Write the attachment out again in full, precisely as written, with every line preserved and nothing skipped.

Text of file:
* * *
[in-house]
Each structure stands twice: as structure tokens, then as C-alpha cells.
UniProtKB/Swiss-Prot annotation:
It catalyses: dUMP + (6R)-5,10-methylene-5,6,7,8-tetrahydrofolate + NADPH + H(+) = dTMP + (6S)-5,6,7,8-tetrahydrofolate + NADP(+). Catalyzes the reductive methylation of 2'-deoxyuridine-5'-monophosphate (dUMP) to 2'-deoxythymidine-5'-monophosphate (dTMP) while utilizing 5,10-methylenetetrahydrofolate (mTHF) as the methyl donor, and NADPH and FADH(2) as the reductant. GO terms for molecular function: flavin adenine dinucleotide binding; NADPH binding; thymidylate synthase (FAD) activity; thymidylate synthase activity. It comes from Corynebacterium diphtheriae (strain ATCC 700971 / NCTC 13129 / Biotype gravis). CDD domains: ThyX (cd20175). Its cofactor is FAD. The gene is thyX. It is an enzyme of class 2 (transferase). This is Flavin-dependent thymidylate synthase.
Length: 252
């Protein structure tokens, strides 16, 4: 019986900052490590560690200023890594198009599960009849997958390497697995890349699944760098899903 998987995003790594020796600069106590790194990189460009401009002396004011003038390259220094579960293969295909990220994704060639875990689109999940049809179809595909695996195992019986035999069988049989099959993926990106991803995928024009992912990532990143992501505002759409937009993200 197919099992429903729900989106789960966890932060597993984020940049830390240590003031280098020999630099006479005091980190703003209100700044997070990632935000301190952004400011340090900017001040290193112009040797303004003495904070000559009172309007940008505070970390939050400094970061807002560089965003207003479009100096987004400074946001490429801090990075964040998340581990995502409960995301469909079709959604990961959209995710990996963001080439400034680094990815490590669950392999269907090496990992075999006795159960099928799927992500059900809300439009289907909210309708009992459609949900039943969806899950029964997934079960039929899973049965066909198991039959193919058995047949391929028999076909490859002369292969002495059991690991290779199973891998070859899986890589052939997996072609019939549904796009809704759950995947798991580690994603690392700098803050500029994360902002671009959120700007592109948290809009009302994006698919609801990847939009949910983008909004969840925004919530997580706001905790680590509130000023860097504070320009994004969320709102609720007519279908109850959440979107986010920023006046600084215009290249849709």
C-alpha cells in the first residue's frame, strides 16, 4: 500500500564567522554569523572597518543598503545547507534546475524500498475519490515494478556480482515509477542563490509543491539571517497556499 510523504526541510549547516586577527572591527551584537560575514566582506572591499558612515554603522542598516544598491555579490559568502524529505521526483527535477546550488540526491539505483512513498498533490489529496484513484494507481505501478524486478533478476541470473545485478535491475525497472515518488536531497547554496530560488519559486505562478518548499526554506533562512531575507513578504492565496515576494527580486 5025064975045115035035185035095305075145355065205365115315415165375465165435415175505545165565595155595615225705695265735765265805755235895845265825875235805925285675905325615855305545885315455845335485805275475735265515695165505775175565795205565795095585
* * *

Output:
[in-house]
Each structure stands twice: as structure tokens, then as C-alpha cells.
UniProtKB/Swiss-Prot annotation:
It catalyses: dUMP + (6R)-5,10-methylene-5,6,7,8-tetrahydrofolate + NADPH + H(+) = dTMP + (6S)-5,6,7,8-tetrahydrofolate + NADP(+). Catalyzes the reductive methylation of 2'-deoxyuridine-5'-monophosphate (dUMP) to 2'-deoxythymidine-5'-monophosphate (dTMP) while utilizing 5,10-methylenetetrahydrofolate (mTHF) as the methyl donor, and NADPH and FADH(2) as the reductant. GO terms for molecular function: flavin adenine dinucleotide binding; NADPH binding; thymidylate synthase (FAD) activity; thymidylate synthase activity. It comes from Corynebacterium diphtheriae (strain ATCC 700971 / NCTC 13129 / Biotype gravis). CDD domains: ThyX (cd20175). Its cofactor is FAD. The gene is thyX. It is an enzyme of class 2 (transferase). This is Flavin-dependent thymidylate synthase.
Length: 252
């Protein structure tokens, strides 16, 4: 019986900052490590560690200023890594198009599960009849997958390497697995890349699944760098899903 998987995003790594020796600069106590790194990189460009401009002396004011003038390259220094579960293969295909990220994704060639875990689109999940049809179809595909695996195992019986035999069988049989099959993926990106991803995928024009992912990532990143992501505002759409937009993200 197919099992429903729900989106789960966890932060597993984020940049830390240590003031280098020999630099006479005091980190703003209100700044997070990632935000301190952004400011340090900017001040290193112009040797303004003495904070000559009172309007940008505070970390939050400094970061807002560089965003207003479009100096987004400074946001490429801090990075964040998340581990995502409960995301469909079709959604990961959209995710990996963001080439400034680094990815490590669950392999269907090496990992075999006795159960099928799927992500059900809300439009289907909210309708009992459609949900039943969806899950029964997934079960039929899973049965066909198991039959193919058995047949391929028999076909490859002369292969002495059991690991290779199973891998070859899986890589052939997996072609019939549904796009809704759950995947798991580690994603690392700098803050500029994360902002671009959120700007592109948290809009009302994006698919609801990847939009949910983008909004969840925004919530997580706001905790680590509130000023860097504070320009994004969320709102609720007519279908109850959440979107986010920023006046600084215009290249849709």
C-alpha cells in the first residue's frame, strides 16, 4: 500500500564567522554569523572597518543598503545547507534546475524500498475519490515494478556480482515509477542563490509543491539571517497556499 510523504526541510549547516586577527572591527551584537560575514566582506572591499558612515554603522542598516544598491555579490559568502524529505521526483527535477546550488540526491539505483512513498498533490489529496484513484494507481505501478524486478533478476541470473545485478535491475525497472515518488536531497547554496530560488519559486505562478518548499526554506533562512531575507513578504492565496515576494527580486 5025064975045115035035185035095305075145355065205365115315415165375465165435415175505545165565595155595615225705695265735765265805755235895845265825875235805925285675905325615855305545885315455845335485805275475735265515695165505775175565795205565795095585